Representative Texts for Young Learners

Even the youngest learners can grasp concepts of diversity and representation.

Topics: Literacy, Curriculum and Instruction, Equity and Diversity

When Dedham (Massachusetts) Public Schools launched Equity Action Teams to focus on representation in texts and classroom libraries, I thought that the concept might be a bit out of range for our littlest learners’ development. But I also knew that if there was a way to meet the challenge, the staff at our Early Childhood Education Center would find it—and they did.

A callout for staff interested in participating yielded an amazing group of educators ranging from classroom teachers and arts providers to a central office staffer and a parent. Motivated and enthusiastic, they jumped in to look at texts from classroom bookshelves, curriculum units, and the school library.

Training and Tasting

Using an equity audit rubric from Seed the Way, everyone worked together to review selected children’s literature for representations of race, disability, gender, and family structure, as well as stereotypes. We learned from the Cooperative Children’s Book Center at the University of Wisconsin–Madison how to confront misrepresentation and underrepresentation of identities in children’s texts.

Alongside adult learning sessions, staff had the opportunity to attend a school-based diversity, equity, inclusion, and justice (DEIJ) “Book Tasting” event. There, they socialized with colleagues and browsed tables of texts from our library, grouped by themes such as Strong Girls, Family Structures, Asian American, Black Joy, Native Americans, Differently Abled, and Latinx.

The Book Tasting “chefs”—the principal, instructional coach, and library media specialist—greeted the team with a menu and selection sheet to help identify new texts for classrooms and learning space libraries. It proved to be an engaging, interactive, and enjoyable way for staff to explore DEIJ texts in children’s literature.

Taking Texts to the Kids

The adults were well on their way to learning and collaborating on diverse texts. But how would we bring this work to the students? Would it be possible to explain the effort to our youngest learners? We needed to present the information in a developmentally appropriate manner, so students would understand the importance of what we had learned as adults.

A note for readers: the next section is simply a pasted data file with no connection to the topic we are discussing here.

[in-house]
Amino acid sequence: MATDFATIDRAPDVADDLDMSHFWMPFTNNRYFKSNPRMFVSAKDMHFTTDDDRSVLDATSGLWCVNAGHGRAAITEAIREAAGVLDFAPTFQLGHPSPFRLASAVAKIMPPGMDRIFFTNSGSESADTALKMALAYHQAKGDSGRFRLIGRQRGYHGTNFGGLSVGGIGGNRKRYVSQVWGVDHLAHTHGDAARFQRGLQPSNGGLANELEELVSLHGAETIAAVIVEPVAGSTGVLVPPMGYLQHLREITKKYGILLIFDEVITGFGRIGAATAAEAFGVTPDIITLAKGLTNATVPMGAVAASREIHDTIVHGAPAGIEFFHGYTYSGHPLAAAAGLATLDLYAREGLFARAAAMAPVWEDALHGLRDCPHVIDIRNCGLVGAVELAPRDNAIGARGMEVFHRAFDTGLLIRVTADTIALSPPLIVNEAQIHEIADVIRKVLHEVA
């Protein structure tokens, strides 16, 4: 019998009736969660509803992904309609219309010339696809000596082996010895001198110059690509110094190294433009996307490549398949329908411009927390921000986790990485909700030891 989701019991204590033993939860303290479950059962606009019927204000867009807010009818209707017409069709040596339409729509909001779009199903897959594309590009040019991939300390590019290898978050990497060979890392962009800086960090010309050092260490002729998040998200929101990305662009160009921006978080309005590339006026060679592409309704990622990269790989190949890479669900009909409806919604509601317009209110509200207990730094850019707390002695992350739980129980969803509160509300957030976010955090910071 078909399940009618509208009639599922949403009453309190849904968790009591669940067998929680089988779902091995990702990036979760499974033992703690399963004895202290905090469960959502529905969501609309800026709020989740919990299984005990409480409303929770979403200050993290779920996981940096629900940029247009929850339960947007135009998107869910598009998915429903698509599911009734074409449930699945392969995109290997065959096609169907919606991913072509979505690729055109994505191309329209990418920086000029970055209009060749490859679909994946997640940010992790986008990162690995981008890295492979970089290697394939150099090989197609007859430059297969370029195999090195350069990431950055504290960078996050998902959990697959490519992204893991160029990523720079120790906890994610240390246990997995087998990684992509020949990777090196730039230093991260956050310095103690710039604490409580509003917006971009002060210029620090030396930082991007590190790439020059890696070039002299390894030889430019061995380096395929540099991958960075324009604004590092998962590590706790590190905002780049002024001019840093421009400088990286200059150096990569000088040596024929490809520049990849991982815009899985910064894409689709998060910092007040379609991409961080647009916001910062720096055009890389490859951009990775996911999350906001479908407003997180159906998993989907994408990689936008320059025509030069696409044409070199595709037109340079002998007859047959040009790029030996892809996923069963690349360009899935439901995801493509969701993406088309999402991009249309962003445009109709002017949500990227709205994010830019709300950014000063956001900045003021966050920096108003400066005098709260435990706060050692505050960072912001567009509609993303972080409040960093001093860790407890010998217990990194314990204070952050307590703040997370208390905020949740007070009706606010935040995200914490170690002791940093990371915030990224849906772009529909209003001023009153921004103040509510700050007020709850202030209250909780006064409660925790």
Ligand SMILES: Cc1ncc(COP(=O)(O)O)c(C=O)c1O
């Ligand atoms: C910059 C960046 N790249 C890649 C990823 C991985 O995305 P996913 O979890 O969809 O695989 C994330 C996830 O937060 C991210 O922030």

The group grabbed this challenge and ran with it. We:

  • Wrote specific lesson plans;
  • Created new rubrics;
  • Added developmentally appropriate visuals and vocabulary; and
  • Exposed students to “mirror” and “window” texts to explore these concepts with their peers.

Students stood in front of mirrors and shared what they saw; they looked through windows and discussed what was alike and what was different about their peers. They looked at book covers and identified whether they were more likely to be a mirror or a window for them individually.

One 5-year-old made us all stop and listen when she proclaimed it “unexpected that there were no characters that looked like her on any of the book covers” and how that made her and some others feel. We marveled when one student remarked, “It’s not equitable!” when reviewing a chart they had made after answering questions about race, family makeup, and characters in a group lesson on representation in texts. “That character looks like me!” was another comment heard in a classroom conversation.

Comments such as these were powerful to hear from the mouths of babes. After the adults picked their chins up off the floor, we exchanged reassuring glances that we had done the right thing in launching such lessons. We asked students to expand upon their realizations and share them loudly and proudly with their peers.

What did our team learn from these experiences? Never underestimate the capabilities of your youngest learners, regardless of the topic. Never assume that you shouldn’t expose students to activities that allow them to think, share ideas, and learn from one another. And always take risks, step out of your comfort zone, rely on your team to lead learning, and—as principal—get out of the way so amazing things can happen.

Kim Taylor is principal of the Curran Early Childhood Center in Dedham, Massachusetts.